Chapter 13 is often, but not always an option for someone who does not qualify under the means test for a Chapter 7 bankruptcy. There are, however, exceptions. An individual debtor seeking relief from creditors under the bankruptcy code may find herself unable to satisfy the requirements of the means test where her income is above the median income (after all allowable deductions) in her home state. In those cases, if her debts are primarily consumer debts (as opposed to debts incurred as a result of business dealings), she will not have the option of a discharge under Chapter 7. Most similarly situated individuals who wish to go forward with a Bankruptcy filing will choose to do so under Chapter 13. However, Chapter 13 has strict debt limitations for both unsecured debt (typically credit cards, medical bills and other debts with no pledged collateral) and secured debt (mortgage loans, car loans and other debts with collateral pledged). If the debts are over the limit for either unsecured (including priority debts) or secured debt, the debtor will not be able to choose Chapter 13 but will be forced consider either Chapter 7 or 11. Given our scenario, Chapter 11 will be the only viable option. Even if the debtor qualifies for Chapter 13, the option might not be right for everyone, due to an individual debtor's specific circumstances. For instance, a debtor who is forced out of Chapter 7 due to the means test will find that her minimum plan payment will be the lessor of 100% of her debts or the disposable monthly income for a prescribed five year plan of repayment. While this option works for a large number of debtors, in many cases an alternative to bankruptcy might be a better option. It is extremely important that anyone considering a Chapter 13, particularly because of means test qualification issues carefully consider all options with the advice and counsel of a qualified Bankruptcy lawyer before committing to any bankruptcy filing.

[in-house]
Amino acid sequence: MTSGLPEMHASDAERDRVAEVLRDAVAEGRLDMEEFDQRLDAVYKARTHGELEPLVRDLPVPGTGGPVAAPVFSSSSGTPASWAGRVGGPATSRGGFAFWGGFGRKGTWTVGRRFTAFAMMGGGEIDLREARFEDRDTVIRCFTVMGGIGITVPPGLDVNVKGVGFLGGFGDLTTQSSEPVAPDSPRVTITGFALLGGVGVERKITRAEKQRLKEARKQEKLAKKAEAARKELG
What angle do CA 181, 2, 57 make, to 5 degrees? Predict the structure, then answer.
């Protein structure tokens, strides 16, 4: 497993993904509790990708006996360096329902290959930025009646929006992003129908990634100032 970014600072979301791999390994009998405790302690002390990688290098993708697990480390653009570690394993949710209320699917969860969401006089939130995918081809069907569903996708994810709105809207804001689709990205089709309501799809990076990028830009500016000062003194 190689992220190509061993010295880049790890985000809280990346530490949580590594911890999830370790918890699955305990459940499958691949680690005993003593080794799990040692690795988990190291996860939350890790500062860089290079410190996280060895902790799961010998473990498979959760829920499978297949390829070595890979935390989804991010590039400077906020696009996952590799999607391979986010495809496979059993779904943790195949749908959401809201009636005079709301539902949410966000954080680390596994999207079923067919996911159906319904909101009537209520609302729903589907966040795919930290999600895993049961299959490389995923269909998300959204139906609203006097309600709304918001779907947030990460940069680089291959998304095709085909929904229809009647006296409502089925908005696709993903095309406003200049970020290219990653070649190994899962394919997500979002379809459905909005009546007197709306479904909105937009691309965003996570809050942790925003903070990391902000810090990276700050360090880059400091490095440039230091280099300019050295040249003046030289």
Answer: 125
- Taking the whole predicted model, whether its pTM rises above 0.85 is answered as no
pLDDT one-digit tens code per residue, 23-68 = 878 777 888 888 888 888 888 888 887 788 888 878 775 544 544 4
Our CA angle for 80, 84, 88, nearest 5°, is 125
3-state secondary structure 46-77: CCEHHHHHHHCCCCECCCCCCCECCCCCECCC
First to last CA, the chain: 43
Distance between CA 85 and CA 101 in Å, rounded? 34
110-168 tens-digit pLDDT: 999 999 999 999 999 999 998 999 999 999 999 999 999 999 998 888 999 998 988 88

Answer Applies to: Massachusetts
    Replied: 5/20/2015
    Charles Schneider, P.C.
    Charles Schneider, P.C. | Charles J. Schneider
    It forces your creditors into a repayment plan that you can afford.
    Answer Applies to: Michigan
    Replied: 5/20/2015
    Michael J. Duggar, P.A.
    Michael J. Duggar, P.A. | Michael J. Duggar
    Chapter 13 may be the best alternative depending on how much in monies you'll have to pay to your unsecured creditors. Sometimes, debt settlement can be an attractive option. Those types of question are many times best left for discussion in an initial consultation with an attorney.
    Answer Applies to: Florida
    Replied: 5/20/2015
    Deborah F Bowinski, Attorney & Counselor at Law | Debby Bowinski
    If you are not eligible for chapter 7 relief then you may well be eligible for a chapter 13 filing, but it is not a certainty. There are limits of the amount of debt one can owe, and you must have regular monthly income of some kind in order to file a chapter 13. Chapter 13 cases can be quite complex, and if you are considering filing one you should retain an experienced chapter 13 lawyer to guide you and help you through the process.
    Answer Applies to: Colorado
    Replied: 5/20/2015
    Musilli Brennan Associates PLLC
    Musilli Brennan Associates PLLC | John F Brennan
    I would strongly suggested you counsel with a bankruptcy petitioner prior to the time you to undertake a bankruptcy filing. Is generally true that if you do not qualify for Chapter 7 you may well qualify for Chapter 13 which commonly involves a five-year court imposed installment payment towards your current debts. It is no fun.
    Answer Applies to: Michigan
    Replied: 5/20/2015